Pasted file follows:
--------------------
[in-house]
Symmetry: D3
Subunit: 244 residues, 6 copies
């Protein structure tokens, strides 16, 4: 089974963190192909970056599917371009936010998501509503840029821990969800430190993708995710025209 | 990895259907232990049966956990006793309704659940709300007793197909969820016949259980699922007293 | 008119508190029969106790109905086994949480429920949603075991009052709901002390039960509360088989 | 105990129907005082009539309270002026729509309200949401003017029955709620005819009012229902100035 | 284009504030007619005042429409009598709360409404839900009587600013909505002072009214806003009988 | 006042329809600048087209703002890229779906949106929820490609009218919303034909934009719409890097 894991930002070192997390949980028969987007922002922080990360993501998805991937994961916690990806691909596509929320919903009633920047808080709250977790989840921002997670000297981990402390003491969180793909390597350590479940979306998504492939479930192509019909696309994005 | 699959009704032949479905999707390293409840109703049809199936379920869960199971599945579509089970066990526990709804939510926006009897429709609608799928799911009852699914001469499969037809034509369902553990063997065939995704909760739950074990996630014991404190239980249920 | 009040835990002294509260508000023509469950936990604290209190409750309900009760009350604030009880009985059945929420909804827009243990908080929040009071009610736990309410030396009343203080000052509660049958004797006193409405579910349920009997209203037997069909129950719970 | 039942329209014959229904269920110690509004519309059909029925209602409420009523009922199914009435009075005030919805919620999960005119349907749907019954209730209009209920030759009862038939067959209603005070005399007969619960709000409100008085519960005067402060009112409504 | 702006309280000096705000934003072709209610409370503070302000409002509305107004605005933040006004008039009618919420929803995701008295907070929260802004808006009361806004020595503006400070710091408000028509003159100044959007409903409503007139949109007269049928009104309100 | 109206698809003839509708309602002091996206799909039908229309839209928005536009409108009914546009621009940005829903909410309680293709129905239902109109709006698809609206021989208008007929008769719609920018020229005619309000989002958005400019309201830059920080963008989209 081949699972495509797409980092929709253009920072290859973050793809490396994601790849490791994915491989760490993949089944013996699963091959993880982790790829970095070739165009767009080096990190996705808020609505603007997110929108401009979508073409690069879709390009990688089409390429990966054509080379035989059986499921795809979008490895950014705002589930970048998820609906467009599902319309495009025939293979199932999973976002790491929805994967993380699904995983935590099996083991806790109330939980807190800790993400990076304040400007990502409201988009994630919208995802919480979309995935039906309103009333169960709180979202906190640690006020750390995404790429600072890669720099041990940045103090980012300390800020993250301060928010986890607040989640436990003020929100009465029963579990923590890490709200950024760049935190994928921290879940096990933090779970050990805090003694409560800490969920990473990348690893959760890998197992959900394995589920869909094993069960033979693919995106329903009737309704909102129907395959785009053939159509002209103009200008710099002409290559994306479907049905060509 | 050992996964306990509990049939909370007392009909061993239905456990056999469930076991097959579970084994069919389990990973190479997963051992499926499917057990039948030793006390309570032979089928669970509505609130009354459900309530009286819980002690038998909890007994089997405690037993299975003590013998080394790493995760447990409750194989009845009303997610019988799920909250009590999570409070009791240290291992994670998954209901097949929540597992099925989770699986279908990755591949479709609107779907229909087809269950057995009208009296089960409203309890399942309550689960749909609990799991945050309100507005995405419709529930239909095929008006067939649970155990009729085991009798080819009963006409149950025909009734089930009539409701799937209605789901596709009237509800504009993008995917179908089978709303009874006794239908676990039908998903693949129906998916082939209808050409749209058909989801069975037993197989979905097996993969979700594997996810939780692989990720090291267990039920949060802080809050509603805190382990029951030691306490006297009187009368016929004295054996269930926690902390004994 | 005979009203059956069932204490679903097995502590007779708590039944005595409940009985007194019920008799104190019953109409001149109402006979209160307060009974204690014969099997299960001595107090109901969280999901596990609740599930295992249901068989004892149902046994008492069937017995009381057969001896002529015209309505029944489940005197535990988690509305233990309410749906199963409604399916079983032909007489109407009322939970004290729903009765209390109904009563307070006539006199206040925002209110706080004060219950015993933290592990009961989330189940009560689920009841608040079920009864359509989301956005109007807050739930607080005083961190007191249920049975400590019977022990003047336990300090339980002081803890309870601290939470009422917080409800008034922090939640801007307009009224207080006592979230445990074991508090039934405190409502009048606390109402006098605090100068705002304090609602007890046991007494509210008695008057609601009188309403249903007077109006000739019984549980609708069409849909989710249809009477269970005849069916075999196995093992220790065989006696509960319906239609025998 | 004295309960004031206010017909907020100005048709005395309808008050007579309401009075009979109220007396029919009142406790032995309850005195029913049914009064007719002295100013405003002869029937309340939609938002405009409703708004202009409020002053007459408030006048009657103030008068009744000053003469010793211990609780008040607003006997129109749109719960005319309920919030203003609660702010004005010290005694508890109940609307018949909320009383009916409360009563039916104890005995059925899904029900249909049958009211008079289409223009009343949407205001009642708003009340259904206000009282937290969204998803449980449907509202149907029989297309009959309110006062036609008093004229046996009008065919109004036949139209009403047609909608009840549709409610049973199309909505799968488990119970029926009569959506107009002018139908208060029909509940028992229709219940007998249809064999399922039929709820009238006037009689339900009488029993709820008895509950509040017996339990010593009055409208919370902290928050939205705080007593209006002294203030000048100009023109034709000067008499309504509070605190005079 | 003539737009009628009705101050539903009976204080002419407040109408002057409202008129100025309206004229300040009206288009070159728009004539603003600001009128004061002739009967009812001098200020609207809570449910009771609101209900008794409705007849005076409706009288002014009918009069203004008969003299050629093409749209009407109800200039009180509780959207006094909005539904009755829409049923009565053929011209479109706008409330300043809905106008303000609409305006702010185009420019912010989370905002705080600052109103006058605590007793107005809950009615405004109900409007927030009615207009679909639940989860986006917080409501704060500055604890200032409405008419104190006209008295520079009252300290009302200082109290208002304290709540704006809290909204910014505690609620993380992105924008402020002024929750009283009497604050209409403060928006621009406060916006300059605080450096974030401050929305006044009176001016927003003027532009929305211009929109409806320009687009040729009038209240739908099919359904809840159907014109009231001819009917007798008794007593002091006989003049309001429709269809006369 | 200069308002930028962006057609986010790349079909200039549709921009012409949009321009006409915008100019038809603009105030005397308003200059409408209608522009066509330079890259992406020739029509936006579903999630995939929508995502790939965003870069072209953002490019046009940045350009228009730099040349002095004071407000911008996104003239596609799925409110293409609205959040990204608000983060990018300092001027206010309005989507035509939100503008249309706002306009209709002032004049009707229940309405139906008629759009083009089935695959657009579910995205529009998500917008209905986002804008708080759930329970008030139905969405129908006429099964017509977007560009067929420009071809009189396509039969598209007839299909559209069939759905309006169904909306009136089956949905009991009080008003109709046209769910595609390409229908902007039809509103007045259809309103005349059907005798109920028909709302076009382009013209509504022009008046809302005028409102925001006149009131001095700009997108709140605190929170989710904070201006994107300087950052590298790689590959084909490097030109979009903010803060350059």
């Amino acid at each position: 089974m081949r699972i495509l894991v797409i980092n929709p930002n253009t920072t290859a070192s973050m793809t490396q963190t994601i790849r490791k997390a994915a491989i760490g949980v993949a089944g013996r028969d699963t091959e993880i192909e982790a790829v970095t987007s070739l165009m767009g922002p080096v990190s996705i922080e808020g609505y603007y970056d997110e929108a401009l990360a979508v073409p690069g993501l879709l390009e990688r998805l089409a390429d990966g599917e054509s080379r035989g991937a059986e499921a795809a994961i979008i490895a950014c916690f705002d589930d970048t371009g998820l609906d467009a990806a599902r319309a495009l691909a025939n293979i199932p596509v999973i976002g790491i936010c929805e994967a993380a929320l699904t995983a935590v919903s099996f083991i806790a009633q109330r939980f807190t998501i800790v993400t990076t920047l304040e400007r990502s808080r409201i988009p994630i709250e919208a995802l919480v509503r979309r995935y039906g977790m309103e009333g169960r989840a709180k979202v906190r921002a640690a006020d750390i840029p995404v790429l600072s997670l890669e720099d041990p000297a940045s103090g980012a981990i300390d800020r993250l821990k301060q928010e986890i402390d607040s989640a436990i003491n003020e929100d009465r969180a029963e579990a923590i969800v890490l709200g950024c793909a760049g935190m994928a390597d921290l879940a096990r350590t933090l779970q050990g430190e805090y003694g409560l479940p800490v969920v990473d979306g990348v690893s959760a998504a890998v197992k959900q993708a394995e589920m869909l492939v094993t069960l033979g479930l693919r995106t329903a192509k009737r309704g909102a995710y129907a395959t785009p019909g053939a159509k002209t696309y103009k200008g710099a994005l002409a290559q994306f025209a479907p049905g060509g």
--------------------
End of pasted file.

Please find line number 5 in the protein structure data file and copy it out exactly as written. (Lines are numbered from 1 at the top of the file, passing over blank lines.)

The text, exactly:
């Amino acid at each position: 089974m081949r699972i495509l894991v797409i980092n929709p930002n253009t920072t290859a070192s973050m793809t490396q963190t994601i790849r490791k997390a994915a491989i760490g949980v993949a089944g013996r028969d699963t091959e993880i192909e982790a790829v970095t987007s070739l165009m767009g922002p080096v990190s996705i922080e808020g609505y603007y970056d997110e929108a401009l990360a979508v073409p690069g993501l879709l390009e990688r998805l089409a390429d990966g599917e054509s080379r035989g991937a059986e499921a795809a994961i979008i490895a950014c916690f705002d589930d970048t371009g998820l609906d467009a990806a599902r319309a495009l691909a025939n293979i199932p596509v999973i976002g790491i936010c929805e994967a993380a929320l699904t995983a935590v919903s099996f083991i806790a009633q109330r939980f807190t998501i800790v993400t990076t920047l304040e400007r990502s808080r409201i988009p994630i709250e919208a995802l919480v509503r979309r995935y039906g977790m309103e009333g169960r989840a709180k979202v906190r921002a640690a006020d750390i840029p995404v790429l600072s997670l890669e720099d041990p000297a940045s103090g980012a981990i300390d800020r993250l821990k301060q928010e986890i402390d607040s989640a436990i003491n003020e929100d009465r969180a029963e579990a923590i969800v890490l709200g950024c793909a760049g935190m994928a390597d921290l879940a096990r350590t933090l779970q050990g430190e805090y003694g409560l479940p800490v969920v990473d979306g990348v690893s959760a998504a890998v197992k959900q993708a394995e589920m869909l492939v094993t069960l033979g479930l693919r995106t329903a192509k009737r309704g909102a995710y129907a395959t785009p019909g053939a159509k002209t696309y103009k200008g710099a994005l002409a290559q994306f025209a479907p049905g060509g």